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Green Actions

Cheshire’s Natural Health Service

Using the county’s green space assets to help tackle local health inequalities

A group of people walk along a woodland path

Cheshire’s Natural Health Service uses the county’s green space assets to help tackle recognised local health inequalities. This initiative builds on the growing body of evidence that activities in the nature can have a significant impact on keeping people healthy.

Cheshire’s Natural Health Service (NaHS), is funded by Cheshire West & Chester Council, managed by the Mersey Forest, and results to date have shown significant increases both in participants’ physical and mental wellbeing. Since 2017, nearly 3,000 participants take part in one of the largest community led evidenced-based programmes to date contributing to influential UK policy.

For targeted areas of health inequality, identified through the borough’s JSNA, Cheshire’s NaHS provides five different evidence-based activities, from group walking to mindfulness, horticultural therapy to healthy conservation and bushcraft, all taking place in green environments. The activities are provided in up to twelve-week blocks, with tailored sessions targeted at adults and children, or those with particular needs or health conditions.

Working in conjunction with Liverpool John Moores University the activities are academically evaluated. A simple baseline wellbeing and physical activity questionnaire is completed at the start, and followed up 12 weeks later. Results to date show that wellbeing has increased by 13.7%, and for physical activity: walking, moderate and vigorous activity levels have increased by 83%, 50% and 18% respectively.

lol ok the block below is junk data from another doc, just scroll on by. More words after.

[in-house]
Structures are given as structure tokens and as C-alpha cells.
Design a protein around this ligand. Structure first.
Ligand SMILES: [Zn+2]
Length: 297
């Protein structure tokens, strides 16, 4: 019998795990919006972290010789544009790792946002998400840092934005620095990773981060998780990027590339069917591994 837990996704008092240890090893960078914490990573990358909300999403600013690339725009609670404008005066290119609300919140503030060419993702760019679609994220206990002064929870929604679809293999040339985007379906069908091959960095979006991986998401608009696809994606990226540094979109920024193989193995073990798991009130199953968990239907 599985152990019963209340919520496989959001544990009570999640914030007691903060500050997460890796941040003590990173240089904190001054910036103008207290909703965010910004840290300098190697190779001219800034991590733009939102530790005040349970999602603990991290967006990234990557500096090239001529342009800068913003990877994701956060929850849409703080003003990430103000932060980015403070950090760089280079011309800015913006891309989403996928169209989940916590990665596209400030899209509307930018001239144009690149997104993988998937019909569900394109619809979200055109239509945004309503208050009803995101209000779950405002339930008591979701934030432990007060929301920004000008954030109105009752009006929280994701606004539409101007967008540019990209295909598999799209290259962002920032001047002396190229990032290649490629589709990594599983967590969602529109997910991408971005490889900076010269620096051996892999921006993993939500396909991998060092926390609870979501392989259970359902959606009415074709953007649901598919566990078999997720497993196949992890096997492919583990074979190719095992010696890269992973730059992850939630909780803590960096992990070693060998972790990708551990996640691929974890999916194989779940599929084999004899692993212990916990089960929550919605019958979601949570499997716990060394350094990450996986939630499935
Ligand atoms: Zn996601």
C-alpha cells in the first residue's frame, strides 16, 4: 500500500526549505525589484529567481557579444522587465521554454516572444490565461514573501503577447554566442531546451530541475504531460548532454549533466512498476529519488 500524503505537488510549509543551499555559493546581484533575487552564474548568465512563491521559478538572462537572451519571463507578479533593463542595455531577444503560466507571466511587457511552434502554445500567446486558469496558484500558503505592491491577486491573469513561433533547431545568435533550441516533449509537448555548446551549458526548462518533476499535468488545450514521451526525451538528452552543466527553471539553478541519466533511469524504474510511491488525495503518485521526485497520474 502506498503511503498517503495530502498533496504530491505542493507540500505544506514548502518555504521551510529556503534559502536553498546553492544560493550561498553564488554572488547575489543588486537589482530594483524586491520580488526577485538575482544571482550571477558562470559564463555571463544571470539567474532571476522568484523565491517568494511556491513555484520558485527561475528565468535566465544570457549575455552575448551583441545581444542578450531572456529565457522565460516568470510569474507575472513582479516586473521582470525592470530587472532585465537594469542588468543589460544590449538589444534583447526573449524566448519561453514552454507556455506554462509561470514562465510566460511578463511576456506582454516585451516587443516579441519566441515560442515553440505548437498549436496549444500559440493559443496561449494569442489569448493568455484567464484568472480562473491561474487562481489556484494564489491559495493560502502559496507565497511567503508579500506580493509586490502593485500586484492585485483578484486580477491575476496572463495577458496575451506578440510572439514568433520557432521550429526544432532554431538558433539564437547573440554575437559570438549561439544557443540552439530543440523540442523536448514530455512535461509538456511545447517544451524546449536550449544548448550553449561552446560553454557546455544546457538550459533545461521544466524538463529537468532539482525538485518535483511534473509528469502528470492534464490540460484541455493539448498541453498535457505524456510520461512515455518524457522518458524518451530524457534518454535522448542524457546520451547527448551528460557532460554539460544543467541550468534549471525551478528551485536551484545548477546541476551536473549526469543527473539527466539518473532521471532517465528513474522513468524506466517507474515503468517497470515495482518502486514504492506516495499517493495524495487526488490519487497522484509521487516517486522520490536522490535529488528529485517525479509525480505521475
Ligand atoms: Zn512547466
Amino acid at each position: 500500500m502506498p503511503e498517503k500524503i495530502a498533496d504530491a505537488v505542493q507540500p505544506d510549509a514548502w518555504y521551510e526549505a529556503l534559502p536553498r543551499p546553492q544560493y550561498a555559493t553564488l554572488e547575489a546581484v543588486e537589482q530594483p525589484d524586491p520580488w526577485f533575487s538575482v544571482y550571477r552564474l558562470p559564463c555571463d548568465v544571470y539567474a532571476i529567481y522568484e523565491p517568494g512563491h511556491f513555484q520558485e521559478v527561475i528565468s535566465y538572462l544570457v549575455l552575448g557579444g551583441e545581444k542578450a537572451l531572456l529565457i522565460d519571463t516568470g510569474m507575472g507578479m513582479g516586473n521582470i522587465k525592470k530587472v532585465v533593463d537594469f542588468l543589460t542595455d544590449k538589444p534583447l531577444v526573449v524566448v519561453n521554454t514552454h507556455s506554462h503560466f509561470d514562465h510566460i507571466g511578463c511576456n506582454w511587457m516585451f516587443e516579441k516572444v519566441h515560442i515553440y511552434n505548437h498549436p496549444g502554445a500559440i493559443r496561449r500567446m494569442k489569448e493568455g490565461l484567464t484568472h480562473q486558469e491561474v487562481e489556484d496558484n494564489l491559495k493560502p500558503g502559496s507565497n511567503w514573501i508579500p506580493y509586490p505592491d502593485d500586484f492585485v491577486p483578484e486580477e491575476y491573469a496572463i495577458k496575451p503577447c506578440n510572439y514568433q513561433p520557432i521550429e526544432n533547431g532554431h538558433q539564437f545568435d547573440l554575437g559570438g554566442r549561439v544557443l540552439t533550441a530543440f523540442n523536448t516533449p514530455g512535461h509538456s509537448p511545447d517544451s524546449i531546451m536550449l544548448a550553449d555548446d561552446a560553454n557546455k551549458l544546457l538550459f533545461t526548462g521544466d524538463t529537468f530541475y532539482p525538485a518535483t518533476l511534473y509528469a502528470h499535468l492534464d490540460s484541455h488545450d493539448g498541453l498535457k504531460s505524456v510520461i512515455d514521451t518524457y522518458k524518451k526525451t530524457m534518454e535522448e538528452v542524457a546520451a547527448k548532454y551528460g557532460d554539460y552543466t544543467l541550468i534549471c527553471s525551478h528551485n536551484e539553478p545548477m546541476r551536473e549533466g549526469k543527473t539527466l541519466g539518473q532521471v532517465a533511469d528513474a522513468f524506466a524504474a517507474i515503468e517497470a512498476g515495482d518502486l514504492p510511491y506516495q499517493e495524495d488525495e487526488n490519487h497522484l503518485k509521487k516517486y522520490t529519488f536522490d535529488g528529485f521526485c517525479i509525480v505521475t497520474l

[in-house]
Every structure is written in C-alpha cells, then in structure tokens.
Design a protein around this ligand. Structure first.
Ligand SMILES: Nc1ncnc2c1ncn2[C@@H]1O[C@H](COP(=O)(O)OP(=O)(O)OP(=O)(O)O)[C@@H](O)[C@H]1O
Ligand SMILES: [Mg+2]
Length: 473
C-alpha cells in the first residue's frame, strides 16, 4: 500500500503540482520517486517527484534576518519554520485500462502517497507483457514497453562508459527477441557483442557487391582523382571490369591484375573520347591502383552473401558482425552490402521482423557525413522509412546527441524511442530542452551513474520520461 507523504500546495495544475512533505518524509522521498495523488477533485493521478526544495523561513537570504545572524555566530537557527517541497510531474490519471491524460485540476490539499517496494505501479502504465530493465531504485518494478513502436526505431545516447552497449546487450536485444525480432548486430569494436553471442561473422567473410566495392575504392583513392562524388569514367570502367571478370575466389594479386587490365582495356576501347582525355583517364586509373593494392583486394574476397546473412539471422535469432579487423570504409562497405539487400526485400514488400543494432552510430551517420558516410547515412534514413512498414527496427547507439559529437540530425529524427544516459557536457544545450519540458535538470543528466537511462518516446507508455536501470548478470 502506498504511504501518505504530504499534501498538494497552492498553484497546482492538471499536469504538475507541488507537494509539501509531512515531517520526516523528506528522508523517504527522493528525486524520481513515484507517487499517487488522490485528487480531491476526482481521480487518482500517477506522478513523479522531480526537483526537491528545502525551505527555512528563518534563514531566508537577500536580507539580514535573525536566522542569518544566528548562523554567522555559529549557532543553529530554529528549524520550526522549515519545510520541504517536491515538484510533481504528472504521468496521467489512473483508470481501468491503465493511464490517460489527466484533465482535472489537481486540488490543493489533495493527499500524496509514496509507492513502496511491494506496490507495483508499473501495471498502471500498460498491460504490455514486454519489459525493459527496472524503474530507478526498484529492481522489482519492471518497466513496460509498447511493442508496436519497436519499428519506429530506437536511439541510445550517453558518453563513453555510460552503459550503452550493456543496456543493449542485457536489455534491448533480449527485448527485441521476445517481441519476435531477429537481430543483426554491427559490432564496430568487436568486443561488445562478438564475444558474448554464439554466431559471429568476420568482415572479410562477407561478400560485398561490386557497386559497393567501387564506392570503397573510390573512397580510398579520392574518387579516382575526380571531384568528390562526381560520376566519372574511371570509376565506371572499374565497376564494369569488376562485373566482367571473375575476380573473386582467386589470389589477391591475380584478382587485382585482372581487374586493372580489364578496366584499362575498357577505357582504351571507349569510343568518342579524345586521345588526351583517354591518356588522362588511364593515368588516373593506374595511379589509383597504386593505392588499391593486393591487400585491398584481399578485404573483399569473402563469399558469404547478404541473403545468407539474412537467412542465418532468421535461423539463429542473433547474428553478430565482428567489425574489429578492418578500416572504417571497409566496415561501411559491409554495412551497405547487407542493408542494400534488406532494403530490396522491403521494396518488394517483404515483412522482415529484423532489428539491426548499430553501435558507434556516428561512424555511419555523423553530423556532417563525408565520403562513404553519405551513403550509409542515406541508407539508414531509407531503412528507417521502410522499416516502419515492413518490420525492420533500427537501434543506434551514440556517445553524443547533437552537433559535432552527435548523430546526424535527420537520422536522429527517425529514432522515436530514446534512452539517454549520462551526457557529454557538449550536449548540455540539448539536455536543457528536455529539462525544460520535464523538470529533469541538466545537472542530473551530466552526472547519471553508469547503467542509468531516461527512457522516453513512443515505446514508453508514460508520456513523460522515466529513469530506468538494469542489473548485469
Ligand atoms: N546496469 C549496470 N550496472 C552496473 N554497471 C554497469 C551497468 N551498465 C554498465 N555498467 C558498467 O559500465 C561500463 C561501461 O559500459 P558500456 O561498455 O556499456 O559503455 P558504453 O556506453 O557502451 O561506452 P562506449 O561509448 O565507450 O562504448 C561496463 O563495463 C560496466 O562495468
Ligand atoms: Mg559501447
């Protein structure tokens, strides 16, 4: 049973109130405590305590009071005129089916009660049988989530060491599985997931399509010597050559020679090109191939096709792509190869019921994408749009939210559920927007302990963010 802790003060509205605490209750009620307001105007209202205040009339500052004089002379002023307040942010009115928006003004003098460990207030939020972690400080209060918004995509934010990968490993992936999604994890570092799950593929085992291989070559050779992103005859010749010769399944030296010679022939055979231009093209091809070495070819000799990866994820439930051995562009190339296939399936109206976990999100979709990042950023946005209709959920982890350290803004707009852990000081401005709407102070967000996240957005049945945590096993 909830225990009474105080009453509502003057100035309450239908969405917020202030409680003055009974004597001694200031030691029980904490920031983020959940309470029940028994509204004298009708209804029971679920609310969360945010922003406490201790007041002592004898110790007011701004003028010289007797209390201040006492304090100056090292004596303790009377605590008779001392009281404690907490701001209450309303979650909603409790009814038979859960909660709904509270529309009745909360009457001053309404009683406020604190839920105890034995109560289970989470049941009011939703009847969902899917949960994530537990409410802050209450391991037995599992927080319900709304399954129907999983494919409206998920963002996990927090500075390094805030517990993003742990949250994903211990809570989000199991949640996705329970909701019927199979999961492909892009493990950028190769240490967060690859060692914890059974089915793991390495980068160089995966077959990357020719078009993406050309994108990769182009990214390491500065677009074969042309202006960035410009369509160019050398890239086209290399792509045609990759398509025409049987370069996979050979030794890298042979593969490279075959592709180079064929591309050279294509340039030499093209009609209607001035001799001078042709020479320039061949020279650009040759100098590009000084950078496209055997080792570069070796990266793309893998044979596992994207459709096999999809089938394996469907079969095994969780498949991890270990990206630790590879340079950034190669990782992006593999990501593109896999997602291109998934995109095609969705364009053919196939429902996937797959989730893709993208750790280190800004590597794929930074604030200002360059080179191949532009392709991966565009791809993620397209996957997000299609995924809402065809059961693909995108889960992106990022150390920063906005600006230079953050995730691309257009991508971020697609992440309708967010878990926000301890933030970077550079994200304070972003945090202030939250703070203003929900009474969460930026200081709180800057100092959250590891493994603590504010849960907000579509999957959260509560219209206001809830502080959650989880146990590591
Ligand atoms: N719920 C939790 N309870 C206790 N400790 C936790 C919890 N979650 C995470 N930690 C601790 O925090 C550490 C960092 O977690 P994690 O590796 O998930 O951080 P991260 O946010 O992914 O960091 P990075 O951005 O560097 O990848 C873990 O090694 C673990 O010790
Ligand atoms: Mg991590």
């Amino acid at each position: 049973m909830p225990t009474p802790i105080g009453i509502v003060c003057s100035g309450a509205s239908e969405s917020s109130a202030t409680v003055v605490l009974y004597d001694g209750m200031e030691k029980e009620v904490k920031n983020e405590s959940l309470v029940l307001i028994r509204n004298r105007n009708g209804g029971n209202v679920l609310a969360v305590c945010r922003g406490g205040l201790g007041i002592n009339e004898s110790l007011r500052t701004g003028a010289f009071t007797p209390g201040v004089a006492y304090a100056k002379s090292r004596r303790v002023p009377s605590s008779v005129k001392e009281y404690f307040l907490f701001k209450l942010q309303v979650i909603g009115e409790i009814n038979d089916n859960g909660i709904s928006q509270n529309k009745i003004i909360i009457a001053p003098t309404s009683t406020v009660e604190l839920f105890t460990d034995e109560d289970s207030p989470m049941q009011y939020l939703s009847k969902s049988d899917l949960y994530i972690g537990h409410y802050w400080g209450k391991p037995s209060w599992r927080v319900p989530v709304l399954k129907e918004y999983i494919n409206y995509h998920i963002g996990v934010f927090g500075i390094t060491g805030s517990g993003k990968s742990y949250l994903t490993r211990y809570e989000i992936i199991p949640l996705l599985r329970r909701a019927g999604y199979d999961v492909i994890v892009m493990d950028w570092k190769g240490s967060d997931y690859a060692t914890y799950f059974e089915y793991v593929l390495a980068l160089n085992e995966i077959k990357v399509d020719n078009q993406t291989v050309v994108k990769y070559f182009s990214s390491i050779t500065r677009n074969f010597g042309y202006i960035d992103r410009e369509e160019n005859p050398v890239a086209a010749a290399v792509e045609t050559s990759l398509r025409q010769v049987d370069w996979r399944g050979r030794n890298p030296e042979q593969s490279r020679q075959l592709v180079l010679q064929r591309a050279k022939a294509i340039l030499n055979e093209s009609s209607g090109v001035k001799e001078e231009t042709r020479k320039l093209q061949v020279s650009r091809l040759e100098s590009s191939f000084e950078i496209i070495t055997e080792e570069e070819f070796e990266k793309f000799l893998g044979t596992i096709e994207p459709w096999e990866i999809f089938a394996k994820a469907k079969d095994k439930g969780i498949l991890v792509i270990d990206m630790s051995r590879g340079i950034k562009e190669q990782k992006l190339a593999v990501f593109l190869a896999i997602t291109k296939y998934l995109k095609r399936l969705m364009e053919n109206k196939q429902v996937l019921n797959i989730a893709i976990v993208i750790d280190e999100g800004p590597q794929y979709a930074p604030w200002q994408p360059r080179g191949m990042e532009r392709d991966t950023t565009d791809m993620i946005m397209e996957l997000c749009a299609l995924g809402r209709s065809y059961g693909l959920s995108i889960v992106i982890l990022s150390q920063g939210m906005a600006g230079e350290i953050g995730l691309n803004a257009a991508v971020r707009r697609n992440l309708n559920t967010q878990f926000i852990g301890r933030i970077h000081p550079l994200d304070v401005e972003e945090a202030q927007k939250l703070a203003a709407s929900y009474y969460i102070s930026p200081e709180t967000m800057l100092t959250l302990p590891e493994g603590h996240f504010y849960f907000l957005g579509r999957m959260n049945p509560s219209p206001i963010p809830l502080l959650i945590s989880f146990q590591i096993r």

Some of the most powerful messages are from the individuals who have taken part:

“I've now completed the Mindful Movement course at Marbury Park and it's been great to take an hour each week to clear my mind of any problems or worries and to slow myself down. It's given me the chance to really notice the birds singing and the sun shining through the trees…and has inspired me to want to try other things. After the sessions, I've started jogging along the Run England routes that are marked out around the woodland. I'll hopefully be taking part in the Northwich Festival of Running in the summer!”

Learning has included reaching audiences by working closely with partners who are embedded within their local community, and have well developed links with harder-to-reach communities. A co-production approach has been developed with partners, holding regular events, promoting skills, and sharing ideas and activity programmes. A proactive approach has been taken understanding the characteristics of hard-to-reach communities and possible barriers to their engagement, building ways to overcome these in all aspects of our programme development and delivery.

The long term aspiration is to have Cheshire’s NaHS available and utilised by every one of Cheshire West’s communities, throughout the year. Moving forward there are opportunities to link even more closely with other organisations, to provide a strategic approach that is even more joined up. This will provide better routes to social prescribing, greater engagement with our GPs and Clinical Commissioning Groups - ultimately improve the quality of life for all of residents. Cheshire’s Natural Health Service is proving to be a great leap forward towards achieving that ambition.

Find out more at

A group of walkers entering a woodland

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